0
Research Papers

Analysis of the Frictional Vibration of a Cleaning Blade in Laser Printers Based on a Two-Degree-Of-Freedom Model

[+] Author and Article Information
Go Kono, Yoshinori Inagaki, Hiroshi Yabuno, Tsuyoshi Nohara, Minoru Kasama

Graduate Student gogogoh20@gmail.comGraduate Student y_inag_2001@yahoo.co.jpProfessor, Member of ASME yabuno@mech.keio.ac.jpDepartment of Mechanical Engineering,  Keio University, 3-14-1, Hiyoshi Kouhoku-ku, Yokohama, Kanagawa 223-8522 Japan Researcher Department of Engine & Control Equipment, Mitsubishi Heavy Industries, Ltd., 1200, Higashi Tanaka, Komaki, Aichi 485-8561 Japantsuyoshi.nohara@mhi.co.jp Key Technologies Laboratory, Fuji Xerox Co., Ltd., Sakai 430, Nakai-cho, Ashigarakami-gun, Kanagawa 259-0157 Japanminoru.kasama@fujixerox.co.jp

J. Comput. Nonlinear Dynam 7(1), 011006 (Aug 15, 2011) (9 pages) doi:10.1115/1.4004469 History: Received September 10, 2010; Accepted June 02, 2011; Published August 15, 2011; Online August 15, 2011

This research aims to analyze the dynamics of the self-excited vibration of a cleaning blade in a laser printer. First, it is experimentally indicated that that the self-excited vibration is not caused by the negative damping effect based on friction. Next, the excitation mechanism and dynamics of the vibration are theoretically clarified using an essential 2DOF link model, with emphasis placed on the contact between the blade and the photoreceptor. By solving the equations governing the motion of the analytical model, five patterns of static equilibrium states are obtained, and the effect of friction on the static states is discussed. It is shown that one of five patterns corresponds to the shape of the practical cleaning blade, and it is clarified through linear stability analysis that this state becomes dynamically unstable, due to both effects of friction and mode coupling. Furthermore, the amplitude of the vibration in the unstable region is determined through nonlinear analysis. The obtained results show that this unstable vibration is a bifurcation classified as a supercritical Hamiltonian-Hopf bifurcation, and confirms the occurrence of mode-coupled self-excited vibration on a cleaning blade when a constant frictional coefficient is assumed.

Copyright © 2011 by American Society of Mechanical Engineers
Your Session has timed out. Please sign back in to continue.

References

Figures

Grahic Jump Location
Figure 1

Schematic diagram of toner cartridge in a laser printer

Grahic Jump Location
Figure 2

Observation results with respect to changing rotational speed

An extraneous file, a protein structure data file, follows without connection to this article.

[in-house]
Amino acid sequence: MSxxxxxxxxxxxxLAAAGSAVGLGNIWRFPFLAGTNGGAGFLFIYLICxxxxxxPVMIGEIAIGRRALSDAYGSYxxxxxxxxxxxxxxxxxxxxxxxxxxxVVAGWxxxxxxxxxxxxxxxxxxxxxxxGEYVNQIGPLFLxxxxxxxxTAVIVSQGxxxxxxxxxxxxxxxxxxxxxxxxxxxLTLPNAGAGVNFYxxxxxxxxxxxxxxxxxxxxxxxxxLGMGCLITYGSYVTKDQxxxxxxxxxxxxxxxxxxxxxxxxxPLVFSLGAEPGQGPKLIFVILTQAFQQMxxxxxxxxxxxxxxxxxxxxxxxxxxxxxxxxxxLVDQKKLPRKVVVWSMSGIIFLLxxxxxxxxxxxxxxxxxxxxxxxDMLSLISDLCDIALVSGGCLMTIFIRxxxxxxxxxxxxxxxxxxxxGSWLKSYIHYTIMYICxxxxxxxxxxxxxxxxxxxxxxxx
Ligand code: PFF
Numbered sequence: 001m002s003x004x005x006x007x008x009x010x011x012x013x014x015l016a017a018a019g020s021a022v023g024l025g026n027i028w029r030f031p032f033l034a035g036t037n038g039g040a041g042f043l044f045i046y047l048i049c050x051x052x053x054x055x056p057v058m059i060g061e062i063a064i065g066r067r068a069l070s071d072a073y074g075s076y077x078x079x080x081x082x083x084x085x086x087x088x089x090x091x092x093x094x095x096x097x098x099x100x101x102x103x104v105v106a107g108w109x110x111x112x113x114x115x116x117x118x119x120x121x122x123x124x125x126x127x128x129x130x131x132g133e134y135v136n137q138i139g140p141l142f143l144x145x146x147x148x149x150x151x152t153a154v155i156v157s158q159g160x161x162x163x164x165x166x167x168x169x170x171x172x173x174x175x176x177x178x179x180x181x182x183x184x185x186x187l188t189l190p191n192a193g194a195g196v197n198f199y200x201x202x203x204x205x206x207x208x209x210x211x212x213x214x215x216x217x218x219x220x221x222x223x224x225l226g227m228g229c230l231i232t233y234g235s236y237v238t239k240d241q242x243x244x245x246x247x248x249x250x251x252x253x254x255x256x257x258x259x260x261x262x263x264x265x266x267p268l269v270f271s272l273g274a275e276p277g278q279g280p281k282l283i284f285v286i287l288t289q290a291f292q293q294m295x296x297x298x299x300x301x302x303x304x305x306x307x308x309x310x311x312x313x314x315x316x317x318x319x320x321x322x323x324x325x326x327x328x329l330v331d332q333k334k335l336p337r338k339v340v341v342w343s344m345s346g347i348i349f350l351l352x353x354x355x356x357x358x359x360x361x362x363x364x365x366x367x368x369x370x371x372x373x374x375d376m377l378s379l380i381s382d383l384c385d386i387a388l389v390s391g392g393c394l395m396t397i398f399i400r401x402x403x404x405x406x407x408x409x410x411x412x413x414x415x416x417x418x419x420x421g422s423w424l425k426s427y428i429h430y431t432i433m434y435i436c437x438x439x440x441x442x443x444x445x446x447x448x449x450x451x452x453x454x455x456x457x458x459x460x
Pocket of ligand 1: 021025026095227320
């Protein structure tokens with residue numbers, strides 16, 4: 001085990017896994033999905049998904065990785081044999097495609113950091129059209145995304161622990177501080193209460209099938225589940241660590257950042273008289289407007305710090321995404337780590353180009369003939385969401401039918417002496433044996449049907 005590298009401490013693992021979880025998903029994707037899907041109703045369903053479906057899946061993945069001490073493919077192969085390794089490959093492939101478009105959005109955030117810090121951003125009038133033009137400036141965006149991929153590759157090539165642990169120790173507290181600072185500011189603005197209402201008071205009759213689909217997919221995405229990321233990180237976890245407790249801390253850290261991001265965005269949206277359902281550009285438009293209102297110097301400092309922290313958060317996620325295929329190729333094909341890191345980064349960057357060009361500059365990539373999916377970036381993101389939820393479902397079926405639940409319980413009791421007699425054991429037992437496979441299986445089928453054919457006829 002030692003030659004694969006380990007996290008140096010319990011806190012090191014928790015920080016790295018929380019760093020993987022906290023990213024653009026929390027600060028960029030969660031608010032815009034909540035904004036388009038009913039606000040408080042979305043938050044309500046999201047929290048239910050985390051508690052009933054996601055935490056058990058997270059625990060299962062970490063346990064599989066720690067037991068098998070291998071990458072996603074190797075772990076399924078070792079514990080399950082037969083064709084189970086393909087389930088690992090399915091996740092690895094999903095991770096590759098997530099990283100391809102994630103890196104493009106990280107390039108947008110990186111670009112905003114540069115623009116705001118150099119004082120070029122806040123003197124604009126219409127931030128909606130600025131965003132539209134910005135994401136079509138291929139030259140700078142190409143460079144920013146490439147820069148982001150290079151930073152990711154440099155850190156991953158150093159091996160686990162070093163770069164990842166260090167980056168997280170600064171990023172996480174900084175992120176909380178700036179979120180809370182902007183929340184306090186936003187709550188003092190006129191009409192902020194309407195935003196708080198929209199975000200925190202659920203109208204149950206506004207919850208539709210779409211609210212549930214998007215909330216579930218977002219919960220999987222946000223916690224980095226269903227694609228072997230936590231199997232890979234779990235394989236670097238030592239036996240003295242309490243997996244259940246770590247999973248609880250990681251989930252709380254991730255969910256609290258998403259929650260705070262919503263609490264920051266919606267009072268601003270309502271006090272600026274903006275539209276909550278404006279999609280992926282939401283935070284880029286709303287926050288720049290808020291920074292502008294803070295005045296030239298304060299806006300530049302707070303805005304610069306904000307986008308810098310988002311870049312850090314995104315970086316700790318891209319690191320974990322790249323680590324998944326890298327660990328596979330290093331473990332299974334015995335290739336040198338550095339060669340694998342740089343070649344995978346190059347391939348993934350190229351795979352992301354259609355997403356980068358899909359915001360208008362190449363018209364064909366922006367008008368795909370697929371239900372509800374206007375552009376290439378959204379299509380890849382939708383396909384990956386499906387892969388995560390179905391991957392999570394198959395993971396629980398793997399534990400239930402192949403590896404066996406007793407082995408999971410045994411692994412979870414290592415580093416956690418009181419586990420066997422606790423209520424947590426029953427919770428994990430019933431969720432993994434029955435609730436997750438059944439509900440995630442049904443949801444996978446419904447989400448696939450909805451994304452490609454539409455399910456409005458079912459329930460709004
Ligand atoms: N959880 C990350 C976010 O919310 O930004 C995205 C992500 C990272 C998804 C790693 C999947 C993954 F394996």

Grahic Jump Location
Figure 3

Observation result of the vibration at 50 rpm

Grahic Jump Location
Figure 4

Two-degree-of freedom analytical model of the cleaning blade

Grahic Jump Location
Figure 5

Bifurcations of each variable and configurations of the static equilibrium states when μ = 0. The colors in the bifurcation diagrams correspond to the configuration of the states shown.

Grahic Jump Location
Figure 6

Bifurcations of each variable and configurations of the static equilibrium states when μ = 0.3. The bifurcations of each variable pertubate, and the configurations of the states are no longer symmetrical.

Grahic Jump Location
Figure 7

Stability of the static states when μ = 0. The dotted lines represent unstable deflections, and the solid lines represent stable deflections.

Grahic Jump Location
Figure 8

Variance of the stability of state (b) with respect to friction. A Hamiltonian-Hopf bifurcation is generated on the stable branch with the inclusion of friction.

Grahic Jump Location
Figure 9

Argand Diagrams of state (b) when μ = 0.3, showing the region of instability

Grahic Jump Location
Figure 10

Magnitude of each term of aden . The second order coefficients E3 E4 , E4 E5 , and E5 E6 are the governing terms in the amplitude.

Grahic Jump Location
Figure 11

Amplitude of the vibration on the 2DOF blade model. The nonzero amplitude is stable, while the zero solution is unstable, making this a supercritical bifurcation.

Grahic Jump Location
Figure 12

Elements of 2DOF analytical model

Grahic Jump Location
Figure 13

Experimental apparatus

Grahic Jump Location
Figure 14

Experimental setup

Grahic Jump Location
Figure 15

Motion of the contact point with respect to time

Tables

Errata

Discussions

Some tools below are only available to our subscribers or users with an online account.

Related Content

Customize your page view by dragging and repositioning the boxes below.

Related Journal Articles
Related eBook Content
Topic Collections

Sorry! You do not have access to this content. For assistance or to subscribe, please contact us:

  • TELEPHONE: 1-800-843-2763 (Toll-free in the USA)
  • EMAIL: asmedigitalcollection@asme.org
Sign In